In order to complement current treatments for mental health disorders and effectively combat these wider economical and societal issues, a refreshed approach to mental health treatment is required. While VR therapy has been used in the past to treat certain mental health conditions, specifically phobias, it has always required a therapist with the appropriate skills and knowledge to guide the patient through the treatment. With access to therapists limited, there have been severe delays in treatment.

In 2018, led by Professor Daniel Freeman, Chief Clinical Officer of Oxford VR and Professor of Clinical Psychology at the University of Oxford, Oxford VR pioneered and tested an automated VR treatment that delivers psychological therapy via a computer-generated virtual coach or avatar. The results of the research, which focused its attentions on fear of heights, were published in the Lancet Psychiatry publication, receiving global acclaim. The research proved Oxford VR’s therapy has the potential to transform mental health for millions by combining state-of-the-art immersive, readily available consumer technology with world-class, clinically validated science from the University of Oxford. This leaves Oxford VR well-placed going forward to develop treatments that are faster and significantly cheaper for health services to deploy, and – crucially – engaging and entertaining for users.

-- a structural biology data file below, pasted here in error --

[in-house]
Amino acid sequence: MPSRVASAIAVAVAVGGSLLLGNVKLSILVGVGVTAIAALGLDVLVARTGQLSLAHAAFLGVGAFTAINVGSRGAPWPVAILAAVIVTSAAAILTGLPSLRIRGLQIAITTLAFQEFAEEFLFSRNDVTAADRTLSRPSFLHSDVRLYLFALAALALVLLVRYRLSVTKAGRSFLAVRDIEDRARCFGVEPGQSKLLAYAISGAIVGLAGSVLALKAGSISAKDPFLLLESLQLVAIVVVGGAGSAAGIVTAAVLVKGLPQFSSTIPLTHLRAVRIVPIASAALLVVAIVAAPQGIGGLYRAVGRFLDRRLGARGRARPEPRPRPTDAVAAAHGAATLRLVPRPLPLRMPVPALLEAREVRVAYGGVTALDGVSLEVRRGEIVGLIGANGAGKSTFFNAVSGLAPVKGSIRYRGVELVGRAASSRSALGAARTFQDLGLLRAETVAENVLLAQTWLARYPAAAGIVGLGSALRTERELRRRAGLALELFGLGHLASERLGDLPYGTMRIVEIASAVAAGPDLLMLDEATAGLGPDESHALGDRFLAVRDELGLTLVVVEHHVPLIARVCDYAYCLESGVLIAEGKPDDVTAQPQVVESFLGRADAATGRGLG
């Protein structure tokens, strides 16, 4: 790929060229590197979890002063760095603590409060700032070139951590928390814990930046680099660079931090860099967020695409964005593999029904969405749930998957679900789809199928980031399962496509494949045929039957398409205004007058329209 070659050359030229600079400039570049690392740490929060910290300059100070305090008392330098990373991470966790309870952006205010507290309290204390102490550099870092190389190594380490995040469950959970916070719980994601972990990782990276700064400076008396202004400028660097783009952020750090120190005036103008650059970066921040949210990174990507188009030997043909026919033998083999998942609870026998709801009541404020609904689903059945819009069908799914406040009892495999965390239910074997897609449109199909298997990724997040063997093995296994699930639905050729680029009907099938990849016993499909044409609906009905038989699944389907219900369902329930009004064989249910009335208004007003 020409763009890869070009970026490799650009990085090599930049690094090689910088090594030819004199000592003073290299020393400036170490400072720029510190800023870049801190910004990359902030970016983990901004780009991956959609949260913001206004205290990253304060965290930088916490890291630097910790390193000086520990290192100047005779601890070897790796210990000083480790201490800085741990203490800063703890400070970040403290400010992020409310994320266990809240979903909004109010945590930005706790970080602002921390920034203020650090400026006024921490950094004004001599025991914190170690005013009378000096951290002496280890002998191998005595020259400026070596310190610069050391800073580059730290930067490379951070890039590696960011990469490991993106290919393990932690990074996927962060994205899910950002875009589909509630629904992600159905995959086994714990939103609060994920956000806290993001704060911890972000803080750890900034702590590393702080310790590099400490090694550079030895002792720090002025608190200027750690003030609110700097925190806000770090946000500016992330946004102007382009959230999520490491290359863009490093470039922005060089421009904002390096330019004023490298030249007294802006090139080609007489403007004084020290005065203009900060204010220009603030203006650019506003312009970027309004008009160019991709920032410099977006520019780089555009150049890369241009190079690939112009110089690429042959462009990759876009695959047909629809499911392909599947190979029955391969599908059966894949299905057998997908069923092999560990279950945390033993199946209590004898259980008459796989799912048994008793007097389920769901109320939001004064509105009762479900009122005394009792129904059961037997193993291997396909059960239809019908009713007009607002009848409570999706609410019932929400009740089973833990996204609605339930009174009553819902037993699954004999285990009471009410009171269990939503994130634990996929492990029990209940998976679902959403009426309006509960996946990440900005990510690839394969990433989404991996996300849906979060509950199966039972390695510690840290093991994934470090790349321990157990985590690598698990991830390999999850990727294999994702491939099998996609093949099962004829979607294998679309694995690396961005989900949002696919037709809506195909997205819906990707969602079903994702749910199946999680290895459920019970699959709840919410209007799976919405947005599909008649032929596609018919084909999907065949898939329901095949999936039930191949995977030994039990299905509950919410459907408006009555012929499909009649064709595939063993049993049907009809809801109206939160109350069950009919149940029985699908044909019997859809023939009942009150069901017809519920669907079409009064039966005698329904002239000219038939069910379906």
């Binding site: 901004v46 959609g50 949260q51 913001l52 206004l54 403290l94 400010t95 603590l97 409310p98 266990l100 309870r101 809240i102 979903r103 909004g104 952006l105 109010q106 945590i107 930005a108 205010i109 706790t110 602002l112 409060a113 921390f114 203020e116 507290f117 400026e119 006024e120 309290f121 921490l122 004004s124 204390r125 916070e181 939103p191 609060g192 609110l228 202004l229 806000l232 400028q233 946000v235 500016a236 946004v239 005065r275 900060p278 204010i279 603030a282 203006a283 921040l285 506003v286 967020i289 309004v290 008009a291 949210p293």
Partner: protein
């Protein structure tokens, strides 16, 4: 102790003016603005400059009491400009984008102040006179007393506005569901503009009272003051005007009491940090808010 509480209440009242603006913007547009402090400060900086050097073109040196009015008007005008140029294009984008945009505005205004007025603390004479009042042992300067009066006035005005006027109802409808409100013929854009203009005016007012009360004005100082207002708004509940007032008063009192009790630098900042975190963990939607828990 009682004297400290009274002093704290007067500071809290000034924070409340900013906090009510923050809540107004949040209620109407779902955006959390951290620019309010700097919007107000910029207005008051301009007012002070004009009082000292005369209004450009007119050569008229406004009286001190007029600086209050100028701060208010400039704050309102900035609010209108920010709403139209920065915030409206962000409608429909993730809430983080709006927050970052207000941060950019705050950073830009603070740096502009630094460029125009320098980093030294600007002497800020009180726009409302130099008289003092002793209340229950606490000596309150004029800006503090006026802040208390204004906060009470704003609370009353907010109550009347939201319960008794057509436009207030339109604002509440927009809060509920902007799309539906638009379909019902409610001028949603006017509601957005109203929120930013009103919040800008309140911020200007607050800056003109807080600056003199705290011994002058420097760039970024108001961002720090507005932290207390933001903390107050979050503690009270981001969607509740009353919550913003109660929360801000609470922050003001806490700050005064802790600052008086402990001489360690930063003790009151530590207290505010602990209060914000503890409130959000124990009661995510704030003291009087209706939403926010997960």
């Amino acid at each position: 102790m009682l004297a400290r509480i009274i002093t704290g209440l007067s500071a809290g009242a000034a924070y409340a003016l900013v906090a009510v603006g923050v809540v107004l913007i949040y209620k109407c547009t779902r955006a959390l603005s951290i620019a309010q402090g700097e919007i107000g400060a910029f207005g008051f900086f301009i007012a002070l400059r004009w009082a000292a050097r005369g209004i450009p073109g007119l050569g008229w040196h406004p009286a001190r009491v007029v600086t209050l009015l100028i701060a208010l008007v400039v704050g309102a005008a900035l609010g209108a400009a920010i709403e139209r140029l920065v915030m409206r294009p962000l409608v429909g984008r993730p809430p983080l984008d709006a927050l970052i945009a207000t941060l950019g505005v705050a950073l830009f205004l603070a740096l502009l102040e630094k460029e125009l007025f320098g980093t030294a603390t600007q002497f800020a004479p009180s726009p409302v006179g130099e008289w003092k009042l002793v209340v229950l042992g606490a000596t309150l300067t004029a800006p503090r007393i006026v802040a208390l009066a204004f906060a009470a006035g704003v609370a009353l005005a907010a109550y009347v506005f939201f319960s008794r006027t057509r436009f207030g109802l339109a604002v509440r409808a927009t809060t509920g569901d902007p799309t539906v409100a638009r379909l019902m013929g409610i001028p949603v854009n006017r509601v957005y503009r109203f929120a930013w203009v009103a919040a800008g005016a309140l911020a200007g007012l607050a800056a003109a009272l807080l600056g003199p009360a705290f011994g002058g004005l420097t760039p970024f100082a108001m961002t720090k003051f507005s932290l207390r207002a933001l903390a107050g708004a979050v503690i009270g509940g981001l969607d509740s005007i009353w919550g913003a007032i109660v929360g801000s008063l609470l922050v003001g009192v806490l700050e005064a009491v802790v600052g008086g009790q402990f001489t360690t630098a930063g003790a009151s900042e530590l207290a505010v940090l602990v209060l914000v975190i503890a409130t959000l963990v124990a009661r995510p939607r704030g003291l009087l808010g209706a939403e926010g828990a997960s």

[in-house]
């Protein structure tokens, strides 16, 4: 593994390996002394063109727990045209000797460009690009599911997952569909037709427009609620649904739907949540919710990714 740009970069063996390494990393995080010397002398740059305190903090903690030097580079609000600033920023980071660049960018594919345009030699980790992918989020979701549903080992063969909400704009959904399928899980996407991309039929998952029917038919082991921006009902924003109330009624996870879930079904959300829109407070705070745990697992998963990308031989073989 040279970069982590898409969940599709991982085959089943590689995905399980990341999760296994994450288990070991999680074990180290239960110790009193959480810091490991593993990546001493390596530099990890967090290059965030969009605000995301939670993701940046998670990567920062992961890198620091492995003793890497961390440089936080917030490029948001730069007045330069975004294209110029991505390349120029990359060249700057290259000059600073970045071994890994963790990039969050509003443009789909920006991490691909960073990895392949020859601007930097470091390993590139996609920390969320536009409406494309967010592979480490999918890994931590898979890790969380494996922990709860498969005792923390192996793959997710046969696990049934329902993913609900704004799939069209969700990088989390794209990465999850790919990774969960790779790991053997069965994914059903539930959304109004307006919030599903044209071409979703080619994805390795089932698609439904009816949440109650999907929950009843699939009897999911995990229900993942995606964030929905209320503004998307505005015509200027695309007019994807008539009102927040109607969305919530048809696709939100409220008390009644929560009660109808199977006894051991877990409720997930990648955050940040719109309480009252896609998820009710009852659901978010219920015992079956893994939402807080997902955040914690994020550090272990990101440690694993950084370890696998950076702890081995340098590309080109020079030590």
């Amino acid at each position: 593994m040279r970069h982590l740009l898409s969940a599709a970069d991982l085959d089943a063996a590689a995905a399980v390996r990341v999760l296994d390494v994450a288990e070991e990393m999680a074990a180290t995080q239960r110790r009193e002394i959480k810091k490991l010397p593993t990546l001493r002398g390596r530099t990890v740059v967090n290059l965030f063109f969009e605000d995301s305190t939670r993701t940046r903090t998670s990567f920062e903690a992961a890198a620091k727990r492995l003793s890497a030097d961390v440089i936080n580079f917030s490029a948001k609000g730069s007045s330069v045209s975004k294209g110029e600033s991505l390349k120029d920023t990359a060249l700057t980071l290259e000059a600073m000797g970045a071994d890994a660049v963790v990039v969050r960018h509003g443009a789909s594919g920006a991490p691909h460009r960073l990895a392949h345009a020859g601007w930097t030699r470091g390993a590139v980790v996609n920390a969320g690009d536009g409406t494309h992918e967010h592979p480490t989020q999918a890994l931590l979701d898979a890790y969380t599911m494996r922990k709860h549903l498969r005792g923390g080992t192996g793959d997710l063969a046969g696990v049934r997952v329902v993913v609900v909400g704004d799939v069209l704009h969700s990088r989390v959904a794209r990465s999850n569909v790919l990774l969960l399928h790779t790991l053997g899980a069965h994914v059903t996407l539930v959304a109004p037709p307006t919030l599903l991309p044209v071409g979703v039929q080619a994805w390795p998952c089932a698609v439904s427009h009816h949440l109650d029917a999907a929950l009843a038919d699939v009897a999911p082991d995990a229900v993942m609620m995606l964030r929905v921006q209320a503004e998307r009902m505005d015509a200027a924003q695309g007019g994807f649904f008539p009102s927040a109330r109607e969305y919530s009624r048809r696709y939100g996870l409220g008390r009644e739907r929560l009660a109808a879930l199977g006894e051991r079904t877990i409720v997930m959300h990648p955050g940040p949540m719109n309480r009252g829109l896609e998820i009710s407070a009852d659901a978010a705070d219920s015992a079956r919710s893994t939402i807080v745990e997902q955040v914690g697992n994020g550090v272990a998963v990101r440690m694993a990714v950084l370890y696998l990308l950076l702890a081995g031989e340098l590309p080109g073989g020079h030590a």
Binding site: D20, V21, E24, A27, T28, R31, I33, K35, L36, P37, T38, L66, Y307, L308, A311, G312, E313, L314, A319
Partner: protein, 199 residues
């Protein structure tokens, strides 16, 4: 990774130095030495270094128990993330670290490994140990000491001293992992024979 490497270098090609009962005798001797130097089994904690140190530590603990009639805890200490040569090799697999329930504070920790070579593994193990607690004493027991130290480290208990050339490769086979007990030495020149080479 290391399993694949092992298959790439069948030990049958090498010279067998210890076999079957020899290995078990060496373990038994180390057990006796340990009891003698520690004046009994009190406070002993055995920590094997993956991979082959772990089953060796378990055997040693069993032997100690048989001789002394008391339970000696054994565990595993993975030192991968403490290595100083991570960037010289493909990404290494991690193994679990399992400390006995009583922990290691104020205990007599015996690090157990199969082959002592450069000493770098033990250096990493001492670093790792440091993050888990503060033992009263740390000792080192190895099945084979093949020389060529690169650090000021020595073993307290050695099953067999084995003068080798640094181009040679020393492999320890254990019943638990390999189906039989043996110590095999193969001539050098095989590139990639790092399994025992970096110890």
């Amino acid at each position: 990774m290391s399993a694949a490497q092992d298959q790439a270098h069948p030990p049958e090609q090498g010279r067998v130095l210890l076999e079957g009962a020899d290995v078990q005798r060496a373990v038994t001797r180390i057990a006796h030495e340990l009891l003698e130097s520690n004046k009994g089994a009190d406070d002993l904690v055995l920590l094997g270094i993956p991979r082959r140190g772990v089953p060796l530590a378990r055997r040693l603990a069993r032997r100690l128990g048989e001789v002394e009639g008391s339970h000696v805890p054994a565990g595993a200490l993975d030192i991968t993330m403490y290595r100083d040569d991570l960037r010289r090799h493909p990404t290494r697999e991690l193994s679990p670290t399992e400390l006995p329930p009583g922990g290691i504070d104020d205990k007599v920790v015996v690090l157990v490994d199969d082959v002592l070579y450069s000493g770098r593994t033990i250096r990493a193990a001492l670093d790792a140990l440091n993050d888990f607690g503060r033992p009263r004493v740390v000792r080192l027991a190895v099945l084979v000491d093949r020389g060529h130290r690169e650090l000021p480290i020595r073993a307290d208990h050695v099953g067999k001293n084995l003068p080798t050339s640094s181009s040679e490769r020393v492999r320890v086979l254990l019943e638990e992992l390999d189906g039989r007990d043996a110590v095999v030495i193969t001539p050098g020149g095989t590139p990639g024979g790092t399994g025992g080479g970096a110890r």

While the focus in 2018 has been on issues such as fear of heights, psychosis and social anxiety, Oxford VR is now developing automated VR treatments for significant disorders such as obsessive compulsive disorder (OCD), depression, addiction and delusions. The advent of consumer VR equipment means that automated treatment can potentially be made available to millions, despite a lack of skilled mental health clinicians. While rigorous testing will be vital going forward, Oxford VR has broken new ground in 2018 by proving the effective use of automated VR therapy to treat mental health disorders. VR treatments for mental health disorders will be faster and significantly cheaper to deploy, and will excellently complement existing traditional clinical therapies.